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Capacitors

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suede View Drop Down
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Post Options Post Options   Thanks (0) Thanks(0)   Quote suede Quote  Post ReplyReply Direct Link To This Post Posted: 13 Jan 2012 at 5:16pm
Has anyone here tried using flux capacitors? Wink

Edited by suede - 13 Jan 2012 at 5:17pm
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Post Options Post Options   Thanks (0) Thanks(0)   Quote mrarroyo Quote  Post ReplyReply Direct Link To This Post Posted: 13 Jan 2012 at 8:53pm
Originally posted by suede suede wrote:

Has anyone here tried using flux capacitors? Wink

With or Without upgraded parts? Yes, I am evil.
Miguel
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Post Options Post Options   Thanks (0) Thanks(0)   Quote Graham Slee Quote  Post ReplyReply Direct Link To This Post Posted: 15 Jan 2012 at 9:39am
Originally posted by mrarroyo mrarroyo wrote:

Originally posted by suede suede wrote:

Has anyone here tried using flux capacitors? Wink

With or Without upgraded parts? Yes, I am evil.


Honest maybe, but not evil.

When trying "audio specific" parts such as capacitors I have found it best to reserve judgment until many weeks have elapsed.

A capacitor is much more a chemical process than other components (although they too often need as much burn-in). A capacitor shares similarities with a battery -- especially the electrolytic variety -- they have a life-span marked out for them and you really need to understand that and pitch the performance for their stable years.

I have tried numerous audio grade capacitors and they all place their own signature on the music. For example, Silmics are great at first but then turn brittle in upper registers and wash out all the emotion.

I have found by delving deeper into the "mechanics" of a circuit and pulling the devil out of the detail -- even the little dregs -- has a far better effect than an audio specific device.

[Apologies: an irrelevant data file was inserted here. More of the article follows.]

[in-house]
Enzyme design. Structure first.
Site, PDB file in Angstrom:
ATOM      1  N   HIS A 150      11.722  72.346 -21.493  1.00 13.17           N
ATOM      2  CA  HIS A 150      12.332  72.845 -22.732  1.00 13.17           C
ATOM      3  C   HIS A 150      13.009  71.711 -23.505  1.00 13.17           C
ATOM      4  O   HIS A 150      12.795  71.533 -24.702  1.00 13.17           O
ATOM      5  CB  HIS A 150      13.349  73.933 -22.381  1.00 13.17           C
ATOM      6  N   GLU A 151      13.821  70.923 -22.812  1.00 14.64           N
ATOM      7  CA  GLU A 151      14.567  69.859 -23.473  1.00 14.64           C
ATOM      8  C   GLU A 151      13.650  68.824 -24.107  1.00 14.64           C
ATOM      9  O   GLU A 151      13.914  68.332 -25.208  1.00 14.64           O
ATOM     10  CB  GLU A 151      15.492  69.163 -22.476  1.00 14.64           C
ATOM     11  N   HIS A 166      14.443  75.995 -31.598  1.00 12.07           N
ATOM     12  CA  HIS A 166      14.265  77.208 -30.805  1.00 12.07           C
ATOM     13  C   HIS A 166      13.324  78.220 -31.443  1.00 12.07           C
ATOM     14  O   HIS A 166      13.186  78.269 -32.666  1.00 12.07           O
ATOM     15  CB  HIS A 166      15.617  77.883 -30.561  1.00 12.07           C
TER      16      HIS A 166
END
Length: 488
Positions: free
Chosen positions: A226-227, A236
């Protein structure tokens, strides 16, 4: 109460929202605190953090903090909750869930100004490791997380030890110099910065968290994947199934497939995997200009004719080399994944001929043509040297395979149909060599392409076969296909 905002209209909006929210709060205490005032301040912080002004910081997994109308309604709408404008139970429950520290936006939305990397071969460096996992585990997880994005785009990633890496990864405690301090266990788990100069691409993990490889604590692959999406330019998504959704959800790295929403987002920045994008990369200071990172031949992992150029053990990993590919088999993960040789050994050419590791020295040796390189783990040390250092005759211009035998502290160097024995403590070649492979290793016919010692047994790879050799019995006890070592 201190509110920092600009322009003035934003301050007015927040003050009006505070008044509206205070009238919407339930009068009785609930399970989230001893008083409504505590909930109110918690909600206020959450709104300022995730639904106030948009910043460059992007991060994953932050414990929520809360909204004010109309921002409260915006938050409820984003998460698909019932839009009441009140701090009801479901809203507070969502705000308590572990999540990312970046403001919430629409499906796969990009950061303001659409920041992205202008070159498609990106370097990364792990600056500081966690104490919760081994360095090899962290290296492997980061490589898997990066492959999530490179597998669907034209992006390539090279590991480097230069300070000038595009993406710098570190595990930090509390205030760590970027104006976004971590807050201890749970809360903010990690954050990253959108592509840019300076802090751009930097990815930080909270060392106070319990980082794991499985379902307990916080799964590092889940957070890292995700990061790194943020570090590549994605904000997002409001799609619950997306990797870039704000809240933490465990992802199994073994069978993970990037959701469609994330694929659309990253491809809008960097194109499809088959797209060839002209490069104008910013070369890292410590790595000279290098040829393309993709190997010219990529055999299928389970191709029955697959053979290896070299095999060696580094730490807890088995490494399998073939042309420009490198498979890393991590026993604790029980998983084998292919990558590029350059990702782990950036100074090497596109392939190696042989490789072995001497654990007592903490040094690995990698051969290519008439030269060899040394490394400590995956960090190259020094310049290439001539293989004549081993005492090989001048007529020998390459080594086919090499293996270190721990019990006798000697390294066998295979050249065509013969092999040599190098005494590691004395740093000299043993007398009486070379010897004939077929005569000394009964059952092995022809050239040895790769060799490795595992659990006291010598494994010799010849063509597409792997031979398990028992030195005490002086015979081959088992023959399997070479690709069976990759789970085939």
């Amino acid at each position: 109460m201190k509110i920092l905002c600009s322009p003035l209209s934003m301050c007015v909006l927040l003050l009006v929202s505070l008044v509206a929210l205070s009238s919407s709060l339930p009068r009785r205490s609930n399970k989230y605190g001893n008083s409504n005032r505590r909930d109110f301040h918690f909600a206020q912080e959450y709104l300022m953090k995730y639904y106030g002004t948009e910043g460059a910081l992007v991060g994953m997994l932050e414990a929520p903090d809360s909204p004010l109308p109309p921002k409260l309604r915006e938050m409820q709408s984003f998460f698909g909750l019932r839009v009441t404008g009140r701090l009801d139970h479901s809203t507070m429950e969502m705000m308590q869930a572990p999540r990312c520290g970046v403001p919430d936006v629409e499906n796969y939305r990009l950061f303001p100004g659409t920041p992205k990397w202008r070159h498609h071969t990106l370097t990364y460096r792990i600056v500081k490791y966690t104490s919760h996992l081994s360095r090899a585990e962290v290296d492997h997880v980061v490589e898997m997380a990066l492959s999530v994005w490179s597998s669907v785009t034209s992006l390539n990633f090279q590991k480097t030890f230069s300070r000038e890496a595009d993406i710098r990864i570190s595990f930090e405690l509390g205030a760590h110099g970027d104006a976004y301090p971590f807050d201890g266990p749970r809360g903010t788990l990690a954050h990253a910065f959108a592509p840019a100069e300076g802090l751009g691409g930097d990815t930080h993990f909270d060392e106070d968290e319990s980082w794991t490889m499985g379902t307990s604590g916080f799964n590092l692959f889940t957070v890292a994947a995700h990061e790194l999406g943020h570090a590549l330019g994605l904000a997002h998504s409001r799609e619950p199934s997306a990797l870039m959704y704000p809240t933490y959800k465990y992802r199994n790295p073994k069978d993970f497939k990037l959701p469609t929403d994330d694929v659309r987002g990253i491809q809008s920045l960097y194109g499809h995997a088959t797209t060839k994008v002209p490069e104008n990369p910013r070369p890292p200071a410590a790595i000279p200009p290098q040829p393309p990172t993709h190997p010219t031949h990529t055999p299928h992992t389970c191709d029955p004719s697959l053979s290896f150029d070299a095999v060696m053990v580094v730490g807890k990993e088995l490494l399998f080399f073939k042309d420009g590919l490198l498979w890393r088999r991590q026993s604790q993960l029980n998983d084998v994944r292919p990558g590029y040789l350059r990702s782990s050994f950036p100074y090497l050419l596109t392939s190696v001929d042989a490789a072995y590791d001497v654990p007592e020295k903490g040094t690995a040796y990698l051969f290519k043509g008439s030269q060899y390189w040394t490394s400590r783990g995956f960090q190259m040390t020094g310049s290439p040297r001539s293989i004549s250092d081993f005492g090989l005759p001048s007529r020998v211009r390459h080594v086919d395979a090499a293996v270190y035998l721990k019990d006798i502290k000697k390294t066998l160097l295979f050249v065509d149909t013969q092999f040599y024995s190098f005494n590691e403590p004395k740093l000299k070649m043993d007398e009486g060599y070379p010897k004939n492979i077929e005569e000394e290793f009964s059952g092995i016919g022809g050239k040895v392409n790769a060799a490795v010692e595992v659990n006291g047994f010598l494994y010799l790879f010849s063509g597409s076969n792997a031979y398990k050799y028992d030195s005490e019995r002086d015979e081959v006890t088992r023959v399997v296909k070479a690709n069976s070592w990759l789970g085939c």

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Post Options Post Options   Thanks (0) Thanks(0)   Quote suede Quote  Post ReplyReply Direct Link To This Post Posted: 15 Jan 2012 at 1:31pm
I'm sorry, it was a film trivia joke from the 1985 movie Back To The Future, in which they travel in time with the help of a "flux capacitor". Some truly magical capacitor there at least. I don't know if the word can actually mean something intelligable in the real world, if so that's not what I meant Confused


Edited by suede - 16 Jan 2012 at 5:20pm
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Post Options Post Options   Thanks (0) Thanks(0)   Quote Graham Slee Quote  Post ReplyReply Direct Link To This Post Posted: 15 Jan 2012 at 4:51pm
Yeah, flux capacitor! Time travel. Great idea but too complicated to ever work, even if there is such a thing as a flux capacitor...

I wonder if Jensen may make one? Maybe we can modify a Blackgate or a Silmic...

Sorry all, I don't believe in audio grade components any more, or father christmas, or easter bunnies.... it's all an excuse for they to have more of your money than you do.
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Post Options Post Options   Thanks (0) Thanks(0)   Quote discrete badger Quote  Post ReplyReply Direct Link To This Post Posted: 15 Jan 2012 at 4:59pm
If electrolytics have a finite lifespan, then wouldn't one expect simply renewing like-for-like with fresh parts, where they have driffted from spec, to improve the sound drastically? 

Once, whilst looking for something else I found a posting of one enthusiast who, despite liking the sound of an amplifier he owned, had opened it up and found an op-amp inside which some think is bad-sounding and therefore he felt he had to replace it immediately. Until someone else pointed out that the op-amp was doing some ancillary control function and was not actually in the signal path.....
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Post Options Post Options   Thanks (0) Thanks(0)   Quote Graham Slee Quote  Post ReplyReply Direct Link To This Post Posted: 15 Jan 2012 at 8:15pm
1] Life time of an electrolytic is at rated temperature. General purpose and some "audio grade" types are 85 degrees celsius. That is very hot! The capacitor will last 1,000 hours or about 6 weeks before the fluid (which incidentally isn't the dielectric or insulator -- the anodising is that) which moistens the separating paper dries out completely. In use at ambient earth temperatures the life time can exceed 20 years.

2] I like that one! That is why we scrub off part numbers or encapsulate them. I had noticed so many great op-amps being discontinued thanks to forum land thickies and a certain retired gentleman called Bob "don't use anything but my own designed op-amp" of a now non-existent company snaffled up by TI who doesn't have a care for keeping the said companies products in circulation. So we bought all those great op-amps which became after that moment obsolete. You'll find a few thousand people raving about those op-amps without realising it. They are our customers...

I should add, it does help if the designer actually knows how to use them.


Edited by Graham Slee - 15 Jan 2012 at 8:16pm
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